• Self-education expenses. Any study you claim as self-education must be connected to the income you are currently earning (either to maintain or improve your specific skills or knowledge) or is likely to result in increased income from existing income earning activities. Merely doing a course while working full time does not make the course deductible. Be careful of excessive claims for travel overseas and luxury courses. You need to prove that these expenses are essential to your current work.

You can no longer claim – If you are a property investor, you can generally no longer claim the cost of travelling to and from your investment property.

What’s changing on 1st July?

Individuals

Personal tax bracket changes – The top threshold of the 32.5% personal income tax bracket will increase from $87,000 to $90,000*.

Introduction of the Low and Middle Income Tax Offset* providing a tax offset for those with taxable income of up to $125,333.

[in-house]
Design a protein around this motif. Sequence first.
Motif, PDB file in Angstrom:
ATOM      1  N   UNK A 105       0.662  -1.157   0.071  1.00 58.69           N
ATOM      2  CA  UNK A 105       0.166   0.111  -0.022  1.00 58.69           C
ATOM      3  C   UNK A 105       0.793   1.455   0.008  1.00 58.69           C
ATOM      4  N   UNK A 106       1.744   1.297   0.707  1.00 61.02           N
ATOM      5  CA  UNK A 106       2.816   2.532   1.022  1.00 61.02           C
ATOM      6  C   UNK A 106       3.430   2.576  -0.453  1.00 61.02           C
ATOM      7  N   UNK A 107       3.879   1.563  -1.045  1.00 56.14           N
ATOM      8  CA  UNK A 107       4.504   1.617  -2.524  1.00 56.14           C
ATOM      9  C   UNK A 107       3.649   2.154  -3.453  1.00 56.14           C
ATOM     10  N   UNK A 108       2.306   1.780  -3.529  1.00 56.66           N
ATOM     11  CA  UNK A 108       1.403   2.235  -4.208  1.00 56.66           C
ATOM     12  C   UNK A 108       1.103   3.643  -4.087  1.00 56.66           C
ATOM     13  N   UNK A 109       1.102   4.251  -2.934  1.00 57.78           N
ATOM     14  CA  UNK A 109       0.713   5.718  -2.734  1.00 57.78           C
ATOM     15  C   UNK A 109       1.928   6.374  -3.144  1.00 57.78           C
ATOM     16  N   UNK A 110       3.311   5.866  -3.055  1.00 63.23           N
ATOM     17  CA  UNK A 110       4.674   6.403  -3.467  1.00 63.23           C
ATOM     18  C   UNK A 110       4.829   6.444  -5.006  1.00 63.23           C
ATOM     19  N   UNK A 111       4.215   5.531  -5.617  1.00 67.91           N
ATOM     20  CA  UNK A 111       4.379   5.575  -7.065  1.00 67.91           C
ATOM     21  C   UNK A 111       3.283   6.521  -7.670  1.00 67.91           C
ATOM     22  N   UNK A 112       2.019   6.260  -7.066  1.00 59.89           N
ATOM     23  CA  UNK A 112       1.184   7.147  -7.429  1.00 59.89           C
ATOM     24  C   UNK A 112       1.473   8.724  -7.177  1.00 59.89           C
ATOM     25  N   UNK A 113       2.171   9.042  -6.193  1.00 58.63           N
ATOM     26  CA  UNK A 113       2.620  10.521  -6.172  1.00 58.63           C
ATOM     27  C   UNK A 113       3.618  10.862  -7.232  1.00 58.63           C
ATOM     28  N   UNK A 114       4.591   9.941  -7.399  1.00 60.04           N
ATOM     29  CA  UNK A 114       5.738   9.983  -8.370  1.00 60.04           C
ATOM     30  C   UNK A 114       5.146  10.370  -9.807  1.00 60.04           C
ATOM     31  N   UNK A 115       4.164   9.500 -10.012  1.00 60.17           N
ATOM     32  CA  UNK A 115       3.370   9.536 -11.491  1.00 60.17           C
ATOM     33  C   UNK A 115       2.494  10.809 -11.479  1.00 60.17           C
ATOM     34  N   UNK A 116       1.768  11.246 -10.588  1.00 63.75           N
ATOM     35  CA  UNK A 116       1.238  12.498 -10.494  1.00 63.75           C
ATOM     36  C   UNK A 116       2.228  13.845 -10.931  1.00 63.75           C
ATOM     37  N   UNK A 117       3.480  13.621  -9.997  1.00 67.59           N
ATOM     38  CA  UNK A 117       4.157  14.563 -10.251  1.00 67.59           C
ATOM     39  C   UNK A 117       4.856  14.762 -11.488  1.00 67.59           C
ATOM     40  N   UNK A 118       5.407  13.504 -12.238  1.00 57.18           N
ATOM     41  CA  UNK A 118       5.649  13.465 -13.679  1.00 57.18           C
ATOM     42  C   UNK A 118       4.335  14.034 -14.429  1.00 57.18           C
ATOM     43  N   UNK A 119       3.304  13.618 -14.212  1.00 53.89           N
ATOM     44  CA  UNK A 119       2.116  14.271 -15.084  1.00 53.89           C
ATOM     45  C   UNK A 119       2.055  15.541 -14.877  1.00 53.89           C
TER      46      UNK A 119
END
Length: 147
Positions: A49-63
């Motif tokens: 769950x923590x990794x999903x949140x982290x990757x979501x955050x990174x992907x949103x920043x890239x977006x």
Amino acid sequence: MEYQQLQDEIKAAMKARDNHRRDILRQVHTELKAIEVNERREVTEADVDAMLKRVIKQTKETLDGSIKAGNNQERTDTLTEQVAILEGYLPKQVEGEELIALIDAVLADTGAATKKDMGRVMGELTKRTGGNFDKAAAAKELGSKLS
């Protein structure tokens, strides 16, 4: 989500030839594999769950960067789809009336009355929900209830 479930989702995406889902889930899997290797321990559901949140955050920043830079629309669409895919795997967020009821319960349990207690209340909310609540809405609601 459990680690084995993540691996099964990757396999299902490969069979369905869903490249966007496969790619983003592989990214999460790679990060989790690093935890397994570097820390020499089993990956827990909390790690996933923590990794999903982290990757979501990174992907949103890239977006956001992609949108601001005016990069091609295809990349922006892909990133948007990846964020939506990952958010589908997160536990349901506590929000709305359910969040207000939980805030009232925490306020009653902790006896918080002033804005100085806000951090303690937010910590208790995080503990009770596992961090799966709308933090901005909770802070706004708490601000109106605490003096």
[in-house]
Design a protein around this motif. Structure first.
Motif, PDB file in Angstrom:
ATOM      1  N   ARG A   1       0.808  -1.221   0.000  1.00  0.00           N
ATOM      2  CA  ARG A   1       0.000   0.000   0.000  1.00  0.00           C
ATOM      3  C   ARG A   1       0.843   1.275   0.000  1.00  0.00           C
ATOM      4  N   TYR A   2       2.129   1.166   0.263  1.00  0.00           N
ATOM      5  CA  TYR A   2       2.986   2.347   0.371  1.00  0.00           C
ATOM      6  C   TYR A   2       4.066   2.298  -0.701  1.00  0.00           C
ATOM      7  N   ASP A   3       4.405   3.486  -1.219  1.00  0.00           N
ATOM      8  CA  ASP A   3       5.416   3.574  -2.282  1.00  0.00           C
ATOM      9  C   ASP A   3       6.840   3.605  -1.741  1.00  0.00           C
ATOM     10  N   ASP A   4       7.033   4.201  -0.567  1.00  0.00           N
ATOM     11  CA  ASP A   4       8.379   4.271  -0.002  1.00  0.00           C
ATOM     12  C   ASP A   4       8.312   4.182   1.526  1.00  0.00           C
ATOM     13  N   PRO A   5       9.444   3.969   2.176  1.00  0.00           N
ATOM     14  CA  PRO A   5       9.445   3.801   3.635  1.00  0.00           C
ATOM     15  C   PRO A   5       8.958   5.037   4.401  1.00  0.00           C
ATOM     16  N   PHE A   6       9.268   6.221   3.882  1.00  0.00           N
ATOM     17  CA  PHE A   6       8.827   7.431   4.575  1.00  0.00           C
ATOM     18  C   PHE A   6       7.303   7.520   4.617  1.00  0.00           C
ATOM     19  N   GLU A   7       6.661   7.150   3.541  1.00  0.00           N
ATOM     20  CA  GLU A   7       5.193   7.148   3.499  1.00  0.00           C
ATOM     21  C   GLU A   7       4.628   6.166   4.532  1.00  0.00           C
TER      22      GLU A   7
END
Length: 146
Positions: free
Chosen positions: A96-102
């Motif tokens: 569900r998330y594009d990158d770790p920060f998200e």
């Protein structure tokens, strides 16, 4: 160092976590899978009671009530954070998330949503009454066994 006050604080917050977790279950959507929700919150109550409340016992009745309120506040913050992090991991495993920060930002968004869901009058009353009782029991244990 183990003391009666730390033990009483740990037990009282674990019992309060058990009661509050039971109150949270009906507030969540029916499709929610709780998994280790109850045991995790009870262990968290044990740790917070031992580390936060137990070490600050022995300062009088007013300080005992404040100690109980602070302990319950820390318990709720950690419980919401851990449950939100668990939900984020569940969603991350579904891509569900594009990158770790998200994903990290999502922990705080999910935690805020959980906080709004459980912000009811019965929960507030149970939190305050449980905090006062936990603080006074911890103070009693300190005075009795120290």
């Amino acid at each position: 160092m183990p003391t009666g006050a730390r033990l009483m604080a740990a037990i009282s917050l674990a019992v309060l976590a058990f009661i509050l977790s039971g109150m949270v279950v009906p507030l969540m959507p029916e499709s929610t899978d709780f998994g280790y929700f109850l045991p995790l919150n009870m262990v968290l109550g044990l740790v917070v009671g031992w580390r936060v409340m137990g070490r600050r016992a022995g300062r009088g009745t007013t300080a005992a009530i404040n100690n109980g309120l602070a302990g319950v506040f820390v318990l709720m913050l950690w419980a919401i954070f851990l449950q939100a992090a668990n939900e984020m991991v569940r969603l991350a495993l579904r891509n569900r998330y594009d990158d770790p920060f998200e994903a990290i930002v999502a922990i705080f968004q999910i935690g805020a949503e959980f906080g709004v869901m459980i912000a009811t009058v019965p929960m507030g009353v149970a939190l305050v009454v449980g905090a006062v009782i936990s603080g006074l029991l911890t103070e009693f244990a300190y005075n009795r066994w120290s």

GST on property developments and residential subdivisions – The way GST is collected on sales of newly constructed residential properties or new subdivisions will change from 1 July. Purchasers will be required to remit the GST directly to the ATO as part of the settlement process. If you are buying a property, it is essential that you check the details to ensure that these new requirements have been managed (see this issue in Business also).

 

Business

Single touch payroll – Employers with 20 or more employees at 1 April 2018 must use standard business reporting-enabled software from 1 July 2018 to report payments such as salaries and wages, PAYG withholding and superannuation. Single touch payroll is expected to be compulsory for businesses with 19 or less employees from 1 July 2019.

The $20k instant asset write-off for small business has been extended until 30 June 2019.